Many were and remain deeply critical of the way the disease was handled and question the need to slaughter so many animals. A cross-party report from the European Parliament stated that the government's handling of the crisis traumatized farmers, broke animal welfare laws, and generated miles of unnecessary red tape, and that burning pyres and mass burial sites damaged the environment and people's health (European Parliament, 2002; Osborn, 2002). Interviewees recalled grandparents dealing with the disease by just isolating a single infected animal, which recovered on its own. They questioned why vaccination was not used as an option, and government motivation for wanting to say the area was ‘clear’ of FMD. At the same time, they acknowledged the much larger scale of this outbreak than the 1967 FMD outbreak, and their dependence on government to choose and implement a wide-scale plan.

Difficulties in responding to the crisis came from many directions. The epidemic broke out just when the Ministry of Agriculture (MAFF) was being restructured into the Department of Environment, Food & Rural Affairs (DEFRA), making it more difficult to combat the epidemic in a coordinated manner. The nature and scale of the epidemic was unprecedented and disease control measures were complex. Policies and strategies were continually adjusted to deal with the emerging situation, with resulting continual change in legal requirements for compliance with disease control and implementation of disease prevention measures. Many agencies – local, national, government and non-government – were involved in responding to the crisis.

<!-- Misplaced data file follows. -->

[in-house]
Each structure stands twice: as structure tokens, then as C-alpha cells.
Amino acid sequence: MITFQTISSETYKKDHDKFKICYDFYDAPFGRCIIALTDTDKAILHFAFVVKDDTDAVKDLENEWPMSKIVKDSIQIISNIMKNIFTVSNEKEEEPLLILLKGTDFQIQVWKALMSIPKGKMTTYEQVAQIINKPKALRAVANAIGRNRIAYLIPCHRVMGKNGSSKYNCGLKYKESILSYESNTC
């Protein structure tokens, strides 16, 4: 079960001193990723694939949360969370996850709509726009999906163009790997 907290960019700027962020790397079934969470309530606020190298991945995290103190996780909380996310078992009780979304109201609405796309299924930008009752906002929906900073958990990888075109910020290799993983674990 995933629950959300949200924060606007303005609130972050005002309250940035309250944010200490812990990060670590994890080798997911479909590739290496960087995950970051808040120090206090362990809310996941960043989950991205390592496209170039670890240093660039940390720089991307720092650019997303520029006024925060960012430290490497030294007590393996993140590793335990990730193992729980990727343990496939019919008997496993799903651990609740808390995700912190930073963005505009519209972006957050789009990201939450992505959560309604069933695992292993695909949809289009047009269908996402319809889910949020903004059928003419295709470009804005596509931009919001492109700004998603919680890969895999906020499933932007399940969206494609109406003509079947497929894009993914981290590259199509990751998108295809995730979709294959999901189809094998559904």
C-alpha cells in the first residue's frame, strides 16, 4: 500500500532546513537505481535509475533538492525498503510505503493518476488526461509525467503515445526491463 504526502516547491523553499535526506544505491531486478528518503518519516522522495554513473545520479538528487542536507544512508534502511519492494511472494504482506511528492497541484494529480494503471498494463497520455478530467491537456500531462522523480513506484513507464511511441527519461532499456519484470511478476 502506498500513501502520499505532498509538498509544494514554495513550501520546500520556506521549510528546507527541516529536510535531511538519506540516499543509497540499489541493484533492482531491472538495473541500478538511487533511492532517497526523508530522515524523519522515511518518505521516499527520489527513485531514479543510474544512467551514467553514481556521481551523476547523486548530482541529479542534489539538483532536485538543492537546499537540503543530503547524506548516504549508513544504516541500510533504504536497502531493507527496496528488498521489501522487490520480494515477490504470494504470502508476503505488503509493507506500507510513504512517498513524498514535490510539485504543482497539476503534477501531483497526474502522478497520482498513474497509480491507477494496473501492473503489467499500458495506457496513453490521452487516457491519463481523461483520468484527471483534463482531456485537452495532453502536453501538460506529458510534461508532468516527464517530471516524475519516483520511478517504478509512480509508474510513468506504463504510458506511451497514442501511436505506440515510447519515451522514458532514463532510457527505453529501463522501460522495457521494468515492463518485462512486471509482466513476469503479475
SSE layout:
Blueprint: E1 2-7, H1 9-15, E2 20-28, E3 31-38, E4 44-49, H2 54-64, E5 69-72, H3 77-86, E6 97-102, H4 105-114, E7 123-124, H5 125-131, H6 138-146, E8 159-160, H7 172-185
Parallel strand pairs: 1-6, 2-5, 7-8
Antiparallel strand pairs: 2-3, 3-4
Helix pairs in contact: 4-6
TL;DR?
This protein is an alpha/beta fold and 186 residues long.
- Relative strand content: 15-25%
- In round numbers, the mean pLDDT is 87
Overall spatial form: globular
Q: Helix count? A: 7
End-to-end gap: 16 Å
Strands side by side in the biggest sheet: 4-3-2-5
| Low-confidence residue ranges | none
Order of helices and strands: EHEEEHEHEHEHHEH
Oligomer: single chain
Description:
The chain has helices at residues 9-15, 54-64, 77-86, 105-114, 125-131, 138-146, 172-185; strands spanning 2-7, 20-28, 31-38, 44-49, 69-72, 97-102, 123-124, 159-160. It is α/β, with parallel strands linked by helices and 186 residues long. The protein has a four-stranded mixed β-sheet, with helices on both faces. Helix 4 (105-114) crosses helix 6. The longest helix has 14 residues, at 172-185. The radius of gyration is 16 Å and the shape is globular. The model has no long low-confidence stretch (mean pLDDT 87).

Farmers needed information from central authorities on many aspects of the disease: how to diagnose the disease, how to prevent infection, what to do if infection was suspected, how to comply with disease abatement policies, and who would come to their farms to carry out livestock culls and disposal of animal carcasses. Because local conditions were paramount in knowing the risk to one’s livestock, farmers needed to know whose farms had been infected, what animals were involved, and how they were to receive permission to move livestock (e.g., to feed in different pastures).

The government responded by delivering information in a number of ways. Guidance leaflets were delivered through the mail on how to identify and respond to the disease. Veterinarians, from other parts of the country and from overseas, were brought into the area to assess and deal with diseased animals. DEFRA inspectors checked farms for compliance with disease prevention rules. Farmers called the DEFRA offices for information on, for example, the complex licensing procedures. However, each of these methods was fraught with problems, particularly in the lack of timely delivery of information.

Communication – lack of it, inaccuracies in it, confusion – was a recurring theme throughout the Cumbria Foot and Mouth Inquiry hearings. Evidence from the report stated,

MAFF regional offices and local government frequently received information informally via local stakeholders, before they received it officially. Sometimes when regulatory changes were made, local officials were not given enough warning. This caused confusion among farmers and others seeking information (Cumbria Foot and Mouth Inquiry, 2002, p. 143)